Israeli Prime Minister Ariel Sharon's latest brain scan showed some improvement and his doctors said yesterday that they would bring him out of an induced coma within a day to assess brain damage. One of his surgeons ruled out the possibility of Sharon returning to office.
Sharon, who suffered a debilitating stroke last week, remained in critical condition yesterday at Hadassah Hospital. But his vital signs, including intracranial pressure, were normal, Dr Shlomo Mor-Yosef, the hospital's director, said after doctors completed a new brain scan of Sharon.
"His condition is still critical but stable, and there is improvement in the CT picture of the brain," Dr Mor-Yosef said. He did not answer questions from reporters and gave no prognosis.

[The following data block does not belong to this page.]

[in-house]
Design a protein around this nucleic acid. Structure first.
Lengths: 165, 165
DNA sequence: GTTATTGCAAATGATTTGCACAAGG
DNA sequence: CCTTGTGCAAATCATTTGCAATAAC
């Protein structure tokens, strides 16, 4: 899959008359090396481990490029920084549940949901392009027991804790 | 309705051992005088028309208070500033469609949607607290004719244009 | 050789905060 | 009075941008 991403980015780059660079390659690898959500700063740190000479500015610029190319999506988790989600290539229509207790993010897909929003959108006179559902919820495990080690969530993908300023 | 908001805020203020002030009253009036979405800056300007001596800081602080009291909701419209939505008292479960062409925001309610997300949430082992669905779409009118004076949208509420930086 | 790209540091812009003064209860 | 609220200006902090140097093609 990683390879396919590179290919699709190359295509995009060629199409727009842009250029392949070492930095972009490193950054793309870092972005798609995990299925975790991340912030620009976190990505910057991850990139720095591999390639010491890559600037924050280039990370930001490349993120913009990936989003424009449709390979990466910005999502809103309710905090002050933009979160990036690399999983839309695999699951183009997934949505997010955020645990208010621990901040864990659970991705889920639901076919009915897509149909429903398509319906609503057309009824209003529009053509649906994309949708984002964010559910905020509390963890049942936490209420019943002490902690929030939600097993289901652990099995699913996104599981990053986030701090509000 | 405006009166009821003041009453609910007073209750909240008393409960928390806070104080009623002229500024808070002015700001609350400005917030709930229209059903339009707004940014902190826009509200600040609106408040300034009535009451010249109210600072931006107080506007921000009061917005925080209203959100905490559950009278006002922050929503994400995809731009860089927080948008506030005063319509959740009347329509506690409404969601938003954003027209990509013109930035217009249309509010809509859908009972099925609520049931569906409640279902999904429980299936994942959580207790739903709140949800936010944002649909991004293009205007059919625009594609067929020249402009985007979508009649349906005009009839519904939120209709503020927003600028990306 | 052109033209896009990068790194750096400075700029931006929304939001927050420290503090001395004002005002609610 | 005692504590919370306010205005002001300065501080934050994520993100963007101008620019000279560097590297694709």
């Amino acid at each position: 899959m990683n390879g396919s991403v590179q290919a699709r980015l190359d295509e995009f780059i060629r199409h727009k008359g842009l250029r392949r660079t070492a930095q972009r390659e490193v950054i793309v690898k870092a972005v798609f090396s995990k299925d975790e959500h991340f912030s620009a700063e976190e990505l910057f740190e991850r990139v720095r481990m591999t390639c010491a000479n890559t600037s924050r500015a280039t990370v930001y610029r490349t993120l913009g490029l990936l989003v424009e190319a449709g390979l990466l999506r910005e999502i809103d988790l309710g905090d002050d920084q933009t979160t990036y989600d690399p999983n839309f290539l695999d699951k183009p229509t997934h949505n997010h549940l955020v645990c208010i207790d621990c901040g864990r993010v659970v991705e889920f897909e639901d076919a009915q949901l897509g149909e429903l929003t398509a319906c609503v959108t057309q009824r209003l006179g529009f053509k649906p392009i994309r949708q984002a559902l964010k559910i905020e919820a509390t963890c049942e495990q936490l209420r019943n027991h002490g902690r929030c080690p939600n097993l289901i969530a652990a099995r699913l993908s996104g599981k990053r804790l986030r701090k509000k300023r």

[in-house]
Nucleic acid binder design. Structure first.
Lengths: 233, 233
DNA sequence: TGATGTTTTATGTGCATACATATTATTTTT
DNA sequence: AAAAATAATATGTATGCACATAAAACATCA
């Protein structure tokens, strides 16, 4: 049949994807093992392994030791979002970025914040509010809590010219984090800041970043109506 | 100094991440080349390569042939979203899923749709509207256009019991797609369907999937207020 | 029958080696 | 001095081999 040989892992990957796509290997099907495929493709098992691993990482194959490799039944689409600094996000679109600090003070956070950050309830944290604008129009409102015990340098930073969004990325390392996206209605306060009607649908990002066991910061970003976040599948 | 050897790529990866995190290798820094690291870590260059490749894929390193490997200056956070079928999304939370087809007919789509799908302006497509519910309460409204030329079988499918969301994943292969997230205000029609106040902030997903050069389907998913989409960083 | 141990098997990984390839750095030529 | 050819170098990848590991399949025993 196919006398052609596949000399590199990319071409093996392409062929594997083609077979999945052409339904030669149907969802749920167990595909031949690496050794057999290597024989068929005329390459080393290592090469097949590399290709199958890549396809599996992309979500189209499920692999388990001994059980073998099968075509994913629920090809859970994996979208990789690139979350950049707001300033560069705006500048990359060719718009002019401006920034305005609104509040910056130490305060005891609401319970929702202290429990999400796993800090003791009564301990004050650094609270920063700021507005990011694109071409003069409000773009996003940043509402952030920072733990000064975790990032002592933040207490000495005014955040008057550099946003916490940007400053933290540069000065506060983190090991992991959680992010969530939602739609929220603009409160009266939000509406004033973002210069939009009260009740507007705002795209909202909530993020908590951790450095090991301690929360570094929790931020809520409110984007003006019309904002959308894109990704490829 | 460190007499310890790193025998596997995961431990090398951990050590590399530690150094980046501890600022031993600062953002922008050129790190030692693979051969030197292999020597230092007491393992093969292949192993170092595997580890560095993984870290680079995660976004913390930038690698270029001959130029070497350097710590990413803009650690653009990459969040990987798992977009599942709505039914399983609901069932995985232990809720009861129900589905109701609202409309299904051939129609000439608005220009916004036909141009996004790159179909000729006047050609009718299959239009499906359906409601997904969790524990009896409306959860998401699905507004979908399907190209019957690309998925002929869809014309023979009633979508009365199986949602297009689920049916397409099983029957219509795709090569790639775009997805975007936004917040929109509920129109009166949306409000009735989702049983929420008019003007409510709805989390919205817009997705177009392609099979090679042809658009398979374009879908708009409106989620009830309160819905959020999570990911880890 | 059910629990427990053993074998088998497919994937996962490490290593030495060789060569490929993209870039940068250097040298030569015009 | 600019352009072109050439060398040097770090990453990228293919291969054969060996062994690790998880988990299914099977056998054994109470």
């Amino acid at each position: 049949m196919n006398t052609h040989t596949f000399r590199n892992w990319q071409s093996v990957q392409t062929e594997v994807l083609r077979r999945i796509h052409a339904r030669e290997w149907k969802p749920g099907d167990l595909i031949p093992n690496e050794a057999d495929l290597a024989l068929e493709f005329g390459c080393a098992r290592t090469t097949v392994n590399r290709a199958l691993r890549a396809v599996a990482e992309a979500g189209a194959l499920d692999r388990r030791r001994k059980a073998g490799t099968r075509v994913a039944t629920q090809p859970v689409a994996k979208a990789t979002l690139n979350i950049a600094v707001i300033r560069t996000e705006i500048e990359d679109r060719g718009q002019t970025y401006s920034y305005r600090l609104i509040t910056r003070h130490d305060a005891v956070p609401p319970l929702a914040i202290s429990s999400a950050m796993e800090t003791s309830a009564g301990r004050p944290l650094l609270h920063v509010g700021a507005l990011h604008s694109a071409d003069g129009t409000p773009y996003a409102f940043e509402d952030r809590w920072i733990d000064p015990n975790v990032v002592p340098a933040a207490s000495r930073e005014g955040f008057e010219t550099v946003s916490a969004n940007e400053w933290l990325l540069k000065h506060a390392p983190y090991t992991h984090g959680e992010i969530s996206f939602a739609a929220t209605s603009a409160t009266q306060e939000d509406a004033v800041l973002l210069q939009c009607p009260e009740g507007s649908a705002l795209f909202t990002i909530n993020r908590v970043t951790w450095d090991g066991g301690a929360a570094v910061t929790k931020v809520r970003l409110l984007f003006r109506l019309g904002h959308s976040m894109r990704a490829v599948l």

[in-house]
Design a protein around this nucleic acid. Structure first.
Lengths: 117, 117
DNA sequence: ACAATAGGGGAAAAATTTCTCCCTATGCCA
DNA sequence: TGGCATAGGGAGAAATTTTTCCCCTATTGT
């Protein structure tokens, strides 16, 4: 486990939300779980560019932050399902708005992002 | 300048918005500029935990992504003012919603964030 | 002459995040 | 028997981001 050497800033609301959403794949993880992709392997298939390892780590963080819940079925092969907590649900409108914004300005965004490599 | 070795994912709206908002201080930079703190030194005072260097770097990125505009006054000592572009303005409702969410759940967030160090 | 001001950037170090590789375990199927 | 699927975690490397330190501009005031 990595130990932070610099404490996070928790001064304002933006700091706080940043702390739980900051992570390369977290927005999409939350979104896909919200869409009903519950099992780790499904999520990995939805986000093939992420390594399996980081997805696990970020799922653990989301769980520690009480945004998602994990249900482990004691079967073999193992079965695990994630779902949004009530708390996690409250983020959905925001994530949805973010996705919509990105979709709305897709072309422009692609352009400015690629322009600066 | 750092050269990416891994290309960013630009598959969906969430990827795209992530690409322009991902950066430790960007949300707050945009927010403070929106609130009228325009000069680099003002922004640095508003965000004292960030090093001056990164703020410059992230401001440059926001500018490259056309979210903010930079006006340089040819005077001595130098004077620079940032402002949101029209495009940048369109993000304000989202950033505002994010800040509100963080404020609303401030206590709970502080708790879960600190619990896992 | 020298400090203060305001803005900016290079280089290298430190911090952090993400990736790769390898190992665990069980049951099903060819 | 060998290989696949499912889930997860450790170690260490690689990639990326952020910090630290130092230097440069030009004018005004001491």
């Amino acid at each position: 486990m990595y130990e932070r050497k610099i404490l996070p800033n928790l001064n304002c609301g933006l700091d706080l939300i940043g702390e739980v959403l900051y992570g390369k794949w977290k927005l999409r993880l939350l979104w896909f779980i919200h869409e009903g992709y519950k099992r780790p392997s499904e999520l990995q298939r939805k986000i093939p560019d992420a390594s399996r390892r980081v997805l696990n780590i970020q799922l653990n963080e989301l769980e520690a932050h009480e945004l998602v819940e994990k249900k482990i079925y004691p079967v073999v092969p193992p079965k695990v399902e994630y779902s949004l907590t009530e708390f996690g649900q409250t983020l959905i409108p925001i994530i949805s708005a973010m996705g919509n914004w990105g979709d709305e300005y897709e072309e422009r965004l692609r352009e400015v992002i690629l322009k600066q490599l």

But one of Sharon's surgeons, Dr Jose Cohen, was quoted as saying that while Sharon's chances of survival from the stroke are high, his ability to think and reason would be impaired.
"He will not continue to be prime minister, but maybe he will be able to understand and to speak," the Argentina-born Cohen said in comments published yesterday by the Jerusalem Post. His remarks reinforced the widespread belief that Sharon's days as prime minister are over.
A senior official at Hadassah suggested that even Cohen's dire assessment might be too optimistic.
"There was expression of hopes and thoughts ... in which some people expressed optimism," Dr Yair Birenboim, the No. 2 administrator at Hadassah, told Israel Army Radio. "That was definitely an expression that we think was premature."
Birenboim is not directly involved in Sharon's treatment, but is briefed on the prime minister's condition, hospital officials said.
Sharon has been hospitalized since suffering the stroke on Wednesday night. He has undergone two rounds of surgery to stop bleeding in the brain and to relieve pressure inside his skull.
also see story:
Palestinians mourn Beirut refugee massacre in 1982